The Daily Eastern News

First Fruits Homestead promotes sustainability, offers ‘unique’ selections

Jennifer+Grindstaff%2C+a+teacher+at+John+Wood+community+colleges+looks+over+her+produce+with+her+son+Hershal.
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First Fruits Homestead promotes sustainability, offers ‘unique’ selections

Jennifer Grindstaff, a teacher at John Wood community colleges looks over her produce with her son Hershal.

Jennifer Grindstaff, a teacher at John Wood community colleges looks over her produce with her son Hershal.

Olivia Swenson-Hultz

Jennifer Grindstaff, a teacher at John Wood community colleges looks over her produce with her son Hershal.

Olivia Swenson-Hultz

Olivia Swenson-Hultz

Jennifer Grindstaff, a teacher at John Wood community colleges looks over her produce with her son Hershal.

Olivia Swenson-Hultz, Staff Reporter

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Along a rocky, country road on the outskirts of Charleston, people flock to First Fruits Homestead every Tuesday for fresh fruits and vegetables.

Two families, the Sweitzers and the Calanderillas, have opened up their coordinated family farms as Community Supported Agriculture.

This means community members can buy into the farm in advance and pick up produce on a weekly basis.

A share can be purchased online at firstfruitshomestead.com, with 14 weeks of produce at $400.

 The two families met at The First Christian Church in Charleston and banded together with the common goal of “providing healthy, nutritious food for the community, and promoting sustainability,” said First Fruits co-owner Lauren Calanderilla.

She and her husband Jerry Calanderilla, principal of the Bridges Alternative Program in Lerna were living in Sullivan when they partnered with Jess and Owen Sweitzer on their farm in Charleston. The Calanderillas would initially travel to Charleston to assist the Sweitzers, but eventually made the permanent move to the farm.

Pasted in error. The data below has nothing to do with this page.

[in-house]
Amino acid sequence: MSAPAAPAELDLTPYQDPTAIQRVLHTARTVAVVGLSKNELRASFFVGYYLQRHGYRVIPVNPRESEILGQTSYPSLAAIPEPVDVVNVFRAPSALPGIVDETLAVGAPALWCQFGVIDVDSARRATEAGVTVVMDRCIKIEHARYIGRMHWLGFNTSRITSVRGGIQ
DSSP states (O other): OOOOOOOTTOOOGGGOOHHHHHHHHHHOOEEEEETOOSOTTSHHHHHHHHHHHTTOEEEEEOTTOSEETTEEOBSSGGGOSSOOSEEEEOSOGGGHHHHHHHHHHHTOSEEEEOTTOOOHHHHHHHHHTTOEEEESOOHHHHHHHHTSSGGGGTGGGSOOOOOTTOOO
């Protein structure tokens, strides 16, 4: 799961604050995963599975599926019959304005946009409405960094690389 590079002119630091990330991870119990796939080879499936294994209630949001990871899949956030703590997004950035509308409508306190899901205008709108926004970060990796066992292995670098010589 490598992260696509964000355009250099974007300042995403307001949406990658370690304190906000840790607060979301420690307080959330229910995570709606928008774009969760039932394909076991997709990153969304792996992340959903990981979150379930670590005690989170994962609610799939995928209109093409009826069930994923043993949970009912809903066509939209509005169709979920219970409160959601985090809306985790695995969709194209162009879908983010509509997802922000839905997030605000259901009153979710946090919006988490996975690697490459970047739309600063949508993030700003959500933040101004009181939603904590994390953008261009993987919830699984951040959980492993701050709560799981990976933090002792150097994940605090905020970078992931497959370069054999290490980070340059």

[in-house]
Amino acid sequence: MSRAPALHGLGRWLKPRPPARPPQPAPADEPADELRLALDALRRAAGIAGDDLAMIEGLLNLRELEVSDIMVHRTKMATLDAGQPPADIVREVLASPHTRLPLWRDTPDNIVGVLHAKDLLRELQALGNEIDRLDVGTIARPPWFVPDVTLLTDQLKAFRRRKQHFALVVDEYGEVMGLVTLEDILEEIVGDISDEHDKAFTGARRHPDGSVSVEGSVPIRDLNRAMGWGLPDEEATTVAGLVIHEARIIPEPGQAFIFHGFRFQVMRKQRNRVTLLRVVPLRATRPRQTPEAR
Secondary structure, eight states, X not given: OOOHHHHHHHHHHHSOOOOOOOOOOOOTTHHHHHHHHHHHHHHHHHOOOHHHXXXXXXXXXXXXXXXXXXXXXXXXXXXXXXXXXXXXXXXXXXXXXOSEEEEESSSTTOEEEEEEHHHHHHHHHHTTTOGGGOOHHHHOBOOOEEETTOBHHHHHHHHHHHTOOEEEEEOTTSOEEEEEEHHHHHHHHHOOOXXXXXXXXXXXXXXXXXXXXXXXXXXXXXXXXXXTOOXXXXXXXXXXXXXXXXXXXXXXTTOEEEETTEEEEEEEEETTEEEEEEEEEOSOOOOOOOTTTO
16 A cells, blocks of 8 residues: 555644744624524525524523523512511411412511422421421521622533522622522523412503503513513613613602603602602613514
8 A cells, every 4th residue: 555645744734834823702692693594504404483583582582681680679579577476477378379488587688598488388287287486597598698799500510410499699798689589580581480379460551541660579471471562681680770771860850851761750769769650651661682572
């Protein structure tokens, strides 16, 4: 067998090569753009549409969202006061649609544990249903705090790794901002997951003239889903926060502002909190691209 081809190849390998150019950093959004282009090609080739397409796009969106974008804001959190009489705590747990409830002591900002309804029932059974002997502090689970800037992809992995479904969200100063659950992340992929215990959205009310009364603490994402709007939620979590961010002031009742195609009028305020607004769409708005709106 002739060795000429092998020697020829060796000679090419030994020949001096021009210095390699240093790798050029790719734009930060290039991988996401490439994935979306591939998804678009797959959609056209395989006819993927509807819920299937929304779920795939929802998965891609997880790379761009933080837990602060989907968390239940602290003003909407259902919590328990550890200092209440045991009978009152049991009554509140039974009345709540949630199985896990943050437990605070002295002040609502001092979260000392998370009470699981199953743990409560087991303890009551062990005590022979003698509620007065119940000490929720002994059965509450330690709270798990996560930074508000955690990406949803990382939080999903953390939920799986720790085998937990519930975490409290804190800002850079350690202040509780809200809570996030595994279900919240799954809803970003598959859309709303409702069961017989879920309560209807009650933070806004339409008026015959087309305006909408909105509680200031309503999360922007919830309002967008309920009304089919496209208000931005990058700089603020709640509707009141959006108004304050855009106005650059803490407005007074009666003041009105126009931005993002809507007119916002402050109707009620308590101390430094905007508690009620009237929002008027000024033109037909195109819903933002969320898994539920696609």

Jess Sweitzer she wanted to grow her own produce and raise her own animals for slaughter because she “wanted our children to know the cost for what we put on our dinner plates.”

First Fruits Homestead made eggs, fruits and vegetables officially available to the public for pick up in 2015.  

“40 different crops are grown at a time, and there are multiple varieties of each crop,” Jess Sweitzer said, though crop variations differ week by week.

During June and July, cucumbers, zucchini and watermelons are most plentiful.

Customer Jennifer Grindstaff said she likes getting unique vegetables at First Fruits that she can not find at the grocery store.

“You know the stuff is fresh,” Grindstaff said as she examined her Hakuri Turnips.

Fresh Fruits Homestead recently received a grant from the Department of Agriculture and a $10,000 grant from Faith in Place, a non profit green lending center, which they plan to use for irrigation systems.

The farm will still active until the Farmers Market closes and will  finish off the season with The Fall Festival in October.

Olivia Swenson-Hultz can be reached at 581-2812 or [email protected]

About the Contributor
Olivia Swenson-Hultz, Associate News Editor

Hey, my name's Olivia Swenson-Hultz and I'm a journalism student at Eastern who plans to minor in political science.  In my free time I enjoy traveling,...

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First Fruits Homestead promotes sustainability, offers ‘unique’ selections